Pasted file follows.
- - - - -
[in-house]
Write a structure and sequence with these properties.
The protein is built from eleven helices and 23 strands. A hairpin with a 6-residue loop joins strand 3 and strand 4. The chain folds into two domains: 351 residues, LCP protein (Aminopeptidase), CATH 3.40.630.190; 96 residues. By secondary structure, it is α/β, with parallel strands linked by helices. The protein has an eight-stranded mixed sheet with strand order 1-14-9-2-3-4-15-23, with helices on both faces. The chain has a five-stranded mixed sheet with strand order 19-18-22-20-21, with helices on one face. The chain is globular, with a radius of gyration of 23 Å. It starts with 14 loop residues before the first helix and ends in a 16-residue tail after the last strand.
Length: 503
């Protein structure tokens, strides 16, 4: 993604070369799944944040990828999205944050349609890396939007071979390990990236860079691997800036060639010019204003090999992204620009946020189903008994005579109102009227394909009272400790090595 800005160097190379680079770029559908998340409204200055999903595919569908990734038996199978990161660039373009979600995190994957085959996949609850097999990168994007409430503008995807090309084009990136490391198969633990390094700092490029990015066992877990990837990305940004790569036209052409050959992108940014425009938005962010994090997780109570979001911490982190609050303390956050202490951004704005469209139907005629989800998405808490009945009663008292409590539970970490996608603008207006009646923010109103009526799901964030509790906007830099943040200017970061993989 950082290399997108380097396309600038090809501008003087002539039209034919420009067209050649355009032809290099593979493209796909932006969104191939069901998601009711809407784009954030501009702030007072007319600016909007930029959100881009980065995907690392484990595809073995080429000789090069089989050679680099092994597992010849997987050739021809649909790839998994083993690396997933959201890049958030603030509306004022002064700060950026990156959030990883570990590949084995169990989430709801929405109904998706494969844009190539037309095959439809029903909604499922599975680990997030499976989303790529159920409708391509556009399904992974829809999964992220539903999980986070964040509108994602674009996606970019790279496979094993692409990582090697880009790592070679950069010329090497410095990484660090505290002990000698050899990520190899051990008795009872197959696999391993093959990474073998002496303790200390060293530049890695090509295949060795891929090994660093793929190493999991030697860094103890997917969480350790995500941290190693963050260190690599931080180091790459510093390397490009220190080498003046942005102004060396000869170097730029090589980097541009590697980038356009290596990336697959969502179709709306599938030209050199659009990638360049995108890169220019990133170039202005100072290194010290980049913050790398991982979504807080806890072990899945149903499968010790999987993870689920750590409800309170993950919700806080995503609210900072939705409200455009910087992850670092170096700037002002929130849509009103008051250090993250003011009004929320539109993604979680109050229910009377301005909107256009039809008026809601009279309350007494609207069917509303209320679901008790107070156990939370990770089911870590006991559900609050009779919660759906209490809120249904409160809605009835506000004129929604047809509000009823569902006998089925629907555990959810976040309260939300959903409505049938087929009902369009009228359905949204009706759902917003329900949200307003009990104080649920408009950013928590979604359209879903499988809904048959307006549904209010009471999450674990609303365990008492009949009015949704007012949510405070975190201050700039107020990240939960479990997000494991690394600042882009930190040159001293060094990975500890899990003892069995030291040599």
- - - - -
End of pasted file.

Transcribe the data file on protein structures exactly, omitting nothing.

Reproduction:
[in-house]
Write a structure and sequence with these properties.
The protein is built from eleven helices and 23 strands. A hairpin with a 6-residue loop joins strand 3 and strand 4. The chain folds into two domains: 351 residues, LCP protein (Aminopeptidase), CATH 3.40.630.190; 96 residues. By secondary structure, it is α/β, with parallel strands linked by helices. The protein has an eight-stranded mixed sheet with strand order 1-14-9-2-3-4-15-23, with helices on both faces. The chain has a five-stranded mixed sheet with strand order 19-18-22-20-21, with helices on one face. The chain is globular, with a radius of gyration of 23 Å. It starts with 14 loop residues before the first helix and ends in a 16-residue tail after the last strand.
Length: 503
């Protein structure tokens, strides 16, 4: 993604070369799944944040990828999205944050349609890396939007071979390990990236860079691997800036060639010019204003090999992204620009946020189903008994005579109102009227394909009272400790090595 800005160097190379680079770029559908998340409204200055999903595919569908990734038996199978990161660039373009979600995190994957085959996949609850097999990168994007409430503008995807090309084009990136490391198969633990390094700092490029990015066992877990990837990305940004790569036209052409050959992108940014425009938005962010994090997780109570979001911490982190609050303390956050202490951004704005469209139907005629989800998405808490009945009663008292409590539970970490996608603008207006009646923010109103009526799901964030509790906007830099943040200017970061993989 950082290399997108380097396309600038090809501008003087002539039209034919420009067209050649355009032809290099593979493209796909932006969104191939069901998601009711809407784009954030501009702030007072007319600016909007930029959100881009980065995907690392484990595809073995080429000789090069089989050679680099092994597992010849997987050739021809649909790839998994083993690396997933959201890049958030603030509306004022002064700060950026990156959030990883570990590949084995169990989430709801929405109904998706494969844009190539037309095959439809029903909604499922599975680990997030499976989303790529159920409708391509556009399904992974829809999964992220539903999980986070964040509108994602674009996606970019790279496979094993692409990582090697880009790592070679950069010329090497410095990484660090505290002990000698050899990520190899051990008795009872197959696999391993093959990474073998002496303790200390060293530049890695090509295949060795891929090994660093793929190493999991030697860094103890997917969480350790995500941290190693963050260190690599931080180091790459510093390397490009220190080498003046942005102004060396000869170097730029090589980097541009590697980038356009290596990336697959969502179709709306599938030209050199659009990638360049995108890169220019990133170039202005100072290194010290980049913050790398991982979504807080806890072990899945149903499968010790999987993870689920750590409800309170993950919700806080995503609210900072939705409200455009910087992850670092170096700037002002929130849509009103008051250090993250003011009004929320539109993604979680109050229910009377301005909107256009039809008026809601009279309350007494609207069917509303209320679901008790107070156990939370990770089911870590006991559900609050009779919660759906209490809120249904409160809605009835506000004129929604047809509000009823569902006998089925629907555990959810976040309260939300959903409505049938087929009902369009009228359905949204009706759902917003329900949200307003009990104080649920408009950013928590979604359209879903499988809904048959307006549904209010009471999450674990609303365990008492009949009015949704007012949510405070975190201050700039107020990240939960479990997000494991690394600042882009930190040159001293060094990975500890899990003892069995030291040599």